Those of us who suffer from cat allergies are familiar with the ongoing, year-round battle to ease symptoms. Maybe you’re not even a “cat person”—but there’s a good chance that someone important in your life is. Whether you’re learning how to manage your cat allergy symptoms or wondering if your own cat has allergies, you’re in the right place to learn: We’ve rounded up all our educational articles related to the subject of cats and allergies.
Situation: Your partner moves in and finds out they’re allergic to your cat.
First, don’t panic. It’s important to understand how common cat allergies are (twice as common as dog allergies) and the misconceptions that come along with them. For instance, cat fur isn’t actually the problem: People with cat allergies are allergic to proteins in a cat’s saliva, urine, and dander.
Combating something as microscopic as a protein found in your cat’s saliva, urine, and dander may sound like a daunting task—but there are plenty of preventative measures that can be taken to mitigate your or your partner’s allergy:
- Invest in a high efficiency particulate arrestance/air (HEPA) filter. The cat allergen can linger for long periods of time, so continuously straining it out of the air will reduce your exposure to it.
- Make your bedroom a cat-free zone. This means wash or, better yet, replace your bedding with an allergen-proof mattress and pillow covers.
- Establish designated areas where your cat can travel within your house. Keep your cat away from your bedroom and workstations by closing doors, for example.
- Minimize upholstered furniture and rugs or carpeting, which can vastly reduce the amount of allergen buildup in your home.
- Brush your cat—outside, if possible, or in an open-air enclosure.
- Invest in a Litter-Robot. Teeming with a combination of urine, dust, and dander, the litter box is the perfect breeding ground for allergy attacks. With the self-cleaning Litter-Robot, you no longer have to scoop!
Read the full article here: Cat allergies: Why are so many people allergic?
Situation: You want a cat, but you’re allergic.
Typically, female and neutered male cats produce less Fel d 1, the protein that causes allergies. There are also several cat breeds considered to be hypoallergenic. While none is 100% hypoallergenic, the following breeds are thought to produce less Fel d 1 or have types of fur coats that minimize shedding and dander, and are therefore less likely to cause cat allergy symptoms.
Eight hypoallergenic cat breeds include:
- Devon Rex
- Cornish Rex
- Russian Blue
- Oriental Shorthair
View the full infographic here: 8 hypoallergenic cat breeds
Situation: You’re hosting a guest who is allergic to cats.
Playing host to someone who is allergic to cats isn’t much different than living with someone with cat allergies. Before your guest arrives, you’ll want to thoroughly clean your home:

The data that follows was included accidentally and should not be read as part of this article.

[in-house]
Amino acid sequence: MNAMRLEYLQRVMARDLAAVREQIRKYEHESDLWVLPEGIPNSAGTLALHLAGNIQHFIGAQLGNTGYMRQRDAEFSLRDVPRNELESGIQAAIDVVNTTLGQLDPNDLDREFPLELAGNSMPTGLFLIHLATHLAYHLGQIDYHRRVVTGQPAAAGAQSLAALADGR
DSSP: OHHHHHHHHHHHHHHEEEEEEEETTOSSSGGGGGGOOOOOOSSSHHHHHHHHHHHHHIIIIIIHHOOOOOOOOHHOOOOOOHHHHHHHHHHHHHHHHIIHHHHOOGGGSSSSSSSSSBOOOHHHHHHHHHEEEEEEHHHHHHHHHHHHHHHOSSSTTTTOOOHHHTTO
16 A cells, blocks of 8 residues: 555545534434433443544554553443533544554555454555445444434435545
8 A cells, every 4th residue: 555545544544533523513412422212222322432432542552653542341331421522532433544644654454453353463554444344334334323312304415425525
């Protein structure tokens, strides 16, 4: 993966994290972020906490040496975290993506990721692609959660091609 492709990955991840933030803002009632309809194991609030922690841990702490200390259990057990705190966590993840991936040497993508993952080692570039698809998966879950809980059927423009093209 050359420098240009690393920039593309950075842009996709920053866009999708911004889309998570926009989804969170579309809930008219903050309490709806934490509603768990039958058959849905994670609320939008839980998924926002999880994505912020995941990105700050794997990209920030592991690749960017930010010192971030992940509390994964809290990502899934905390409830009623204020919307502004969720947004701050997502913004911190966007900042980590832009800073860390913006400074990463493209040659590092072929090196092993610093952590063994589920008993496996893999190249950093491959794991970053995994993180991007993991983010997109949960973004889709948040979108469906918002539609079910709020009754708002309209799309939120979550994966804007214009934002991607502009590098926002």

- Wash all of your guest bedding in hot water to get rid of any dander.
- Clean area rugs and other upholstered furniture, which can harbor allergens.
- Mop wood floors or schedule a professional cleaning for wall-to-wall carpeting a few days before your guests arrive.
- Avoid last-minute dusting and vacuuming, which will only stir up dander in the air and may actually worsen your guests’ symptoms.
- When you do vacuum, use a vacuum cleaner with a HEPA filter to trap allergens instead of blowing them around in the air.
Other steps you can take before your guest arrives include using a HEPA filter in guest bedrooms and common areas, creating a “cat-free” zone around where your guest will be staying, and keeping the litter box clean. You may also want to keep over-the-counter allergy medicine on hand to help them with any cat allergy symptoms that may develop.
Read the full article here: Guests allergic to cats? 6 tips for a more comfortable visit
Situation: You think your cat has allergies.
It’s not all about human suffering—sometimes cats themselves have allergies! How do you know if your cat has allergies? Here are some common causes of feline allergies, along with the likeliest accompanying cat allergy symptoms:
- Airborne allergens (mold, mildew, dust, pollen, scented litter)—watery eyes, respiratory issues
- Food (wheat, dairy, certain types of protein)—an itchy head and neck, digestive issues like vomiting and diarrhea
- Fleas and flea-control products—itchy body, skin irritation
- Medications—digestive issues, itchiness, wheezing, etc.
- Human-based allergens (cigarette smoke, perfume, cleaning products)—watery eyes, respiratory issues, etc.
- Materials (fabrics like wool or nylon, rubber, plastic)—skin irritation
If your cat presents with any of these symptoms, you’ll want to take him or her to the vet for diagnosis. There are many treatments available for cats with allergies, depending on the particular allergen.
Read the full article here: Allergies in cats: How to tell
Cat allergy symptoms are a major nuisance. If you fall into one of the four situations described above, we hope you’ll find the linked articles educational and helpful. Cats and allergies often go hand-in-hand, but that’s no reason to avoid our furry friends altogether!